I confess, I googled this too when I got my LSAT score: is there a correlation between LSAT scores and IQ? For the amount of effort and money one puts into the LSAT, it would be probably be nice if they gave you your IQ score too, but alas, you just get an LSAT score. So is there a formula or chart out there that converts LSAT scores to IQ scores?
There is one such chart at least, but the value and accuracy of the LSAT to IQ conversion is very debatable. The LSAT is, however, certainly testing something a lot closer to the what an IQ test does than say, the SAT, which is not even close. It seems at least plausible then that the LSAT could give you a ballpark idea of what you’ll score on an IQ test. We’ll show you the best attempt we saw to convert LSAT to IQ and do a little lay analysis.
Just remember that while it’s okay have fun assigning yourself an IQ based on the charts, but I would hesitate to brag about your new “IQ score” at parties. Other than the issue of good taste, the number probably isn’t terribly accurate!
LSAT TO IQ Chart #1
This chart, courtesy of some grad student’s quant blog, runs a linear regression analysis from the numbers used by five high IQ societies that accept LSAT tests for entrance. IQ societies appear to simply use the percentile LSAT as if it would be equivalent to an IQ test percentile as long as you accounted for difference in the two populations taking the test.
They do this because the LSAT only measures you against other LSAT takers, not the general population. The LSAT is a pool of people who have gone to college, generally did well there, and are still seeking more education, so the average LSAT taker is arguably quite a bit sharper (IQ test wise anyway) than the average person in the population at large. So, if a High-IQ society requires a 99th percentile IQ for entrance, then a somewhat lower percentile LSAT score will get you in as well. Mensa, for example let’s you in with a 98th percentile IQ test score (meaning you did better that 98% of people), whereas you’d only need a 95th percentile LSAT score score to join up and do whatever it is that Mensa people do (anyone know what that is? I’ve always been curious).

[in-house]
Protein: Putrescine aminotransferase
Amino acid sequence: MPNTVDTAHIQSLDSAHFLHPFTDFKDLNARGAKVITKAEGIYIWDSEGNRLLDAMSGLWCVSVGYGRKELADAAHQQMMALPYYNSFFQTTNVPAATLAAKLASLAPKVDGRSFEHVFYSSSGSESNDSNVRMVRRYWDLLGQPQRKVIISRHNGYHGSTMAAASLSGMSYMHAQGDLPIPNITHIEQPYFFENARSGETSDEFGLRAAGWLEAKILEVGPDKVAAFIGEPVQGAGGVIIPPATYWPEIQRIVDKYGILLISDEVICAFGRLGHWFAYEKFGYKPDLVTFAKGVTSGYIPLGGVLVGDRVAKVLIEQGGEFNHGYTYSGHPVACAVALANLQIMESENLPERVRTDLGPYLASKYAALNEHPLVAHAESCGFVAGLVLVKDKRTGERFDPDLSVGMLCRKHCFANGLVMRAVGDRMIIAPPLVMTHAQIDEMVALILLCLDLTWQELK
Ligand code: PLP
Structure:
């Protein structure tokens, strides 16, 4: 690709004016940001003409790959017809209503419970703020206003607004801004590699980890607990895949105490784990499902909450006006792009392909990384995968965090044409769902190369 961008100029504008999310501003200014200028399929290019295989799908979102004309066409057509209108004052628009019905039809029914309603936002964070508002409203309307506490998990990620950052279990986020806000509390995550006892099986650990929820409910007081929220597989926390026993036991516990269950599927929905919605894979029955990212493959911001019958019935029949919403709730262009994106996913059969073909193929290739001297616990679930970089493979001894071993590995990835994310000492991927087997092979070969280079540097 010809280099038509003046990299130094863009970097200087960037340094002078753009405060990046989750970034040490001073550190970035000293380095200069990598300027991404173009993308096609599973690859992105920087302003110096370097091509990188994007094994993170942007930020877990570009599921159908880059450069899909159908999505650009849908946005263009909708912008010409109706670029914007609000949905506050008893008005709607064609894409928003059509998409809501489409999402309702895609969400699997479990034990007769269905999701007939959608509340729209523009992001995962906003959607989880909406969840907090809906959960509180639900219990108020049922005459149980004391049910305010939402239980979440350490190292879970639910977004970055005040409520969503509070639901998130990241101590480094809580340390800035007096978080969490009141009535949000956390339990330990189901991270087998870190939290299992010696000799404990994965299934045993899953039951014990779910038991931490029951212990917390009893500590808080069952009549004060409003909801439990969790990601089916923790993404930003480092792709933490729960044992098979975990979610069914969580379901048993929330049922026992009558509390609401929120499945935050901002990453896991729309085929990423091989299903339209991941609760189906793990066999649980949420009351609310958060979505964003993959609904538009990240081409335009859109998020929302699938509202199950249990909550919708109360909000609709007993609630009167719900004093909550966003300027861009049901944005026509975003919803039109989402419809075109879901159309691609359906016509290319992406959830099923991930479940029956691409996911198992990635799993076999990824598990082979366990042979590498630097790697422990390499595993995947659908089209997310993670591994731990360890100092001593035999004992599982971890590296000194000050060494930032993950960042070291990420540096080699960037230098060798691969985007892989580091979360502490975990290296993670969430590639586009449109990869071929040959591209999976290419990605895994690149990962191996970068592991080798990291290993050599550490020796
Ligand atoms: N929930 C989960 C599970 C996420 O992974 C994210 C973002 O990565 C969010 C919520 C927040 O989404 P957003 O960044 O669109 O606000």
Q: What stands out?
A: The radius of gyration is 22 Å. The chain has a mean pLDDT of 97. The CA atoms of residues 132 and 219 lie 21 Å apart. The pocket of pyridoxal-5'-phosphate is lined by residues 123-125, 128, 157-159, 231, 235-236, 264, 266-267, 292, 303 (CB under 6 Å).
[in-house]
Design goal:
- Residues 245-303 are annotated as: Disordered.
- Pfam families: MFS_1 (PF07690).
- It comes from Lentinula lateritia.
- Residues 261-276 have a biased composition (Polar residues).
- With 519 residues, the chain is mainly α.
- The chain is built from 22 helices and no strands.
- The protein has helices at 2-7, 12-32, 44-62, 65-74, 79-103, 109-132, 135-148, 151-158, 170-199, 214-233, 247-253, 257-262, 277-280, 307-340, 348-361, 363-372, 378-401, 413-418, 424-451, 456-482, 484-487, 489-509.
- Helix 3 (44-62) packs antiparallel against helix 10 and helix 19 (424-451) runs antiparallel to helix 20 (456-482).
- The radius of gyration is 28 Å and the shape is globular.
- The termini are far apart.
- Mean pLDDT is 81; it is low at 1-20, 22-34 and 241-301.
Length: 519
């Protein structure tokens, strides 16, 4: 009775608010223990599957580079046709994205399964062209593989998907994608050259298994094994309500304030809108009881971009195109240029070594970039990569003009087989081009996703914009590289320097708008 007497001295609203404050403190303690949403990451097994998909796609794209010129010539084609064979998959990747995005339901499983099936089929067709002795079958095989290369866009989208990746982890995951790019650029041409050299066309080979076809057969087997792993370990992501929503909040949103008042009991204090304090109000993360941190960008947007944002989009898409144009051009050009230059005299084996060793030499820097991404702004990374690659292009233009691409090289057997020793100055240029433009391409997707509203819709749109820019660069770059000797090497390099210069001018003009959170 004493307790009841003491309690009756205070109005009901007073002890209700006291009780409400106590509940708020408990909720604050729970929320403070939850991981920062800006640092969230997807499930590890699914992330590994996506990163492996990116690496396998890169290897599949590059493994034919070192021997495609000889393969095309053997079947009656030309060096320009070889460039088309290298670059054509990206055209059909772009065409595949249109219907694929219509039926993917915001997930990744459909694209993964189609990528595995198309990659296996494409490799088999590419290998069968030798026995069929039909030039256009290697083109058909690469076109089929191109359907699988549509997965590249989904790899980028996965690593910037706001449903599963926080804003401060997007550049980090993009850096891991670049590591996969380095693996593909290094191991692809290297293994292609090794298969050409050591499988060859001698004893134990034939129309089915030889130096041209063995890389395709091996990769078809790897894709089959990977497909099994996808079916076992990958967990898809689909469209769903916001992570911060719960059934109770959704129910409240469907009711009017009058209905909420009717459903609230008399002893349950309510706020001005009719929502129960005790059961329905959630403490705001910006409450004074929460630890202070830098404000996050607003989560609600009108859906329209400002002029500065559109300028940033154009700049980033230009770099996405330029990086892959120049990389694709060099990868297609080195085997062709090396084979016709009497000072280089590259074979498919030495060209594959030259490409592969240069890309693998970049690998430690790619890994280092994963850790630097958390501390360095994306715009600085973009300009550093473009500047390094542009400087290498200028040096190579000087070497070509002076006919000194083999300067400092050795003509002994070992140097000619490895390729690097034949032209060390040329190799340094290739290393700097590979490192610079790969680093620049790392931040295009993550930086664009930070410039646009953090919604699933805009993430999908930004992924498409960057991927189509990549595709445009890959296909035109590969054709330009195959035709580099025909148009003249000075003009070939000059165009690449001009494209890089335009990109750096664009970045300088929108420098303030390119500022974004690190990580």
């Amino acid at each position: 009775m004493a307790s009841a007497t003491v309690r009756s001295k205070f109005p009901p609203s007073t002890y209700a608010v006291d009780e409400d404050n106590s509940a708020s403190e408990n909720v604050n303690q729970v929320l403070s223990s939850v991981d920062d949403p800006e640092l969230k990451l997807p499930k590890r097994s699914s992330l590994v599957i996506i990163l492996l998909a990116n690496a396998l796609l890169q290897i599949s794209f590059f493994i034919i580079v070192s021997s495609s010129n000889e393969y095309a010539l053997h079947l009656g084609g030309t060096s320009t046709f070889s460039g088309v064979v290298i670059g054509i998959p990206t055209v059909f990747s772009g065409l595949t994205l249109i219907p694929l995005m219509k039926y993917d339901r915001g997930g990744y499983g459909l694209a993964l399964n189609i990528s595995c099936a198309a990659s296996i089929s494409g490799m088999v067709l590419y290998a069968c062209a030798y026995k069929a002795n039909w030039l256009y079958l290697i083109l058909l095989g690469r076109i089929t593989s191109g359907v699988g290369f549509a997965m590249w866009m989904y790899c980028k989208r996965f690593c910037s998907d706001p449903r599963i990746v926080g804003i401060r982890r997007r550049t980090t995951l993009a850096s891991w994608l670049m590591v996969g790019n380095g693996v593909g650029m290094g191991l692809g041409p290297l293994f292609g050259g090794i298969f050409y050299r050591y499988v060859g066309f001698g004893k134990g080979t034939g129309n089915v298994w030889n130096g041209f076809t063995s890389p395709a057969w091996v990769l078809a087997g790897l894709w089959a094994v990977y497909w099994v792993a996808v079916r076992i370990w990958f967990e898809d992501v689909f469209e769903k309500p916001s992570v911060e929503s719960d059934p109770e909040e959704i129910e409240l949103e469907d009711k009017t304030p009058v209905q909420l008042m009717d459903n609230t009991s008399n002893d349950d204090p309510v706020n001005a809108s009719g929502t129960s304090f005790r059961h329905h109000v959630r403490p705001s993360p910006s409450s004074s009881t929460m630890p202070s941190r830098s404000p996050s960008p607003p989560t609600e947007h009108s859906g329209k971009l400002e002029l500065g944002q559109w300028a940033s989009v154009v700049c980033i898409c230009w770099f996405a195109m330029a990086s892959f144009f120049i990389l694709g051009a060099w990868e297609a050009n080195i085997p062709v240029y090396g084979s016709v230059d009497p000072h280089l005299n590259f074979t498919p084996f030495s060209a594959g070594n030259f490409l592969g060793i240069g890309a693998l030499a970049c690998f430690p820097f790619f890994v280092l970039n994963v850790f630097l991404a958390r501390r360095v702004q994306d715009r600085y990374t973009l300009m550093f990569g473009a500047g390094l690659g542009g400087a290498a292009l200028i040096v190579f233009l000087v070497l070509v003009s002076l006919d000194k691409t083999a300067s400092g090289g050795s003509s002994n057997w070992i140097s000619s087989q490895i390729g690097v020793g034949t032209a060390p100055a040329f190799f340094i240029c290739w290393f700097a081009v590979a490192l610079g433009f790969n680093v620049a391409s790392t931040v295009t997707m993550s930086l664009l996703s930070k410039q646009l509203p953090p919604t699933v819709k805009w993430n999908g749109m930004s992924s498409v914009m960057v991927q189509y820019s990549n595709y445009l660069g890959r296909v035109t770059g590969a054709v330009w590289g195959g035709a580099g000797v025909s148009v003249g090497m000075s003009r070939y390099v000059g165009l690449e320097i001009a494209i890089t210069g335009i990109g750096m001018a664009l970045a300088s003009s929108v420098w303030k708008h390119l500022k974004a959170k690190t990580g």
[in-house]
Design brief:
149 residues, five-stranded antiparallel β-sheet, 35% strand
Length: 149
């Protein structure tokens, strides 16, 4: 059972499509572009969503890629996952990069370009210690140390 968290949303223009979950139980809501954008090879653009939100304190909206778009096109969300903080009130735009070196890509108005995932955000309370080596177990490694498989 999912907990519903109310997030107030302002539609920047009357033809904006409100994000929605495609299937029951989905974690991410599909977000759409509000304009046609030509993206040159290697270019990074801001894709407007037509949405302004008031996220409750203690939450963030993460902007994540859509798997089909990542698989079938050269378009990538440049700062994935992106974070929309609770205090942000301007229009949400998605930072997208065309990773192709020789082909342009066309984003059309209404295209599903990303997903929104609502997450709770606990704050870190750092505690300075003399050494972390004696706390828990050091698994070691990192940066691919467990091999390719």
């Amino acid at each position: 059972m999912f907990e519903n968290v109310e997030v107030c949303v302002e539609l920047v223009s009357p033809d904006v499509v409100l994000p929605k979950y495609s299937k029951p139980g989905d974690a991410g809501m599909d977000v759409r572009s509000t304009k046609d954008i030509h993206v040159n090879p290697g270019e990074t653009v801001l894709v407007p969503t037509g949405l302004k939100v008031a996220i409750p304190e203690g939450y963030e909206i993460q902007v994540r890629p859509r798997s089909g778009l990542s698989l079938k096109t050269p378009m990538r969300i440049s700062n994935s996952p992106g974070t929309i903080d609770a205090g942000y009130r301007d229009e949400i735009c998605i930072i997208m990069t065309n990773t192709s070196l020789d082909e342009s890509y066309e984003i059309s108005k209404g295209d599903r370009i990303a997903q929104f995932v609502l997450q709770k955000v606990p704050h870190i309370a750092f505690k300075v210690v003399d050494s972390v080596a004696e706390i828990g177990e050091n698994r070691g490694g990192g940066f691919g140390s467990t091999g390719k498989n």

IQ societies, then, are treating the LSAT as if it does in fact test IQ in more or less the same way as a “regular” IQ test does. Obviously, people who don’t believe the LSAT tests the same skills as a general intelligence test are going to have a big problem with that.
Also, this blogger used an IQ of 105 as the base line for the average LSAT taker, 105 being the supposed average IQ of all college graduates. Even if that 105 number is right (it seems a little low) I’d venture a guess that the average LSAT taker has a somewhat higher IQ than the average college grad. If I’m right, the IQ number that corresponds to a given LSAT should be adjusted upward for a lot of these.
All in all though, this conversion probably does give you some idea of what IQ range you’d be in. High IQ societies apparently believe based on what they’ve seen that the LSAT score is a fairly good predictor of IQ score, and that someone who scores X number of standard deviations above the mean on the LSAT will put up an equivalent performance on an IQ test. That or they are just trying to get more members, and letting in great LSAT scorers is one way to do it that looks legit.
Note too that even if the LSAT is a good predictor of IQ in the higher ranges (169+), that doesn’t mean it’s good at predicting IQ for those who score more in the middle. A separate issue is that while getting your best score may be able to tell you something, underperforming probably tells you nothing. Smart people bomb the LSAT all the time and only later pull it together to get a great score. I’m betting their lower score doesn’t tell you much of anything about how they’ll perform on an IQ test.
Have you taken both? Do LSAT to IQ conversions predict IQ scores well or are they total BS? Please let us know what you think. I’m not a quant, so it’s likely I’ve missed some dimensions here. Comments, as always, can be completely anonymous. Feel free to use an assumed name and brag about your high IQ/LSAT all you want.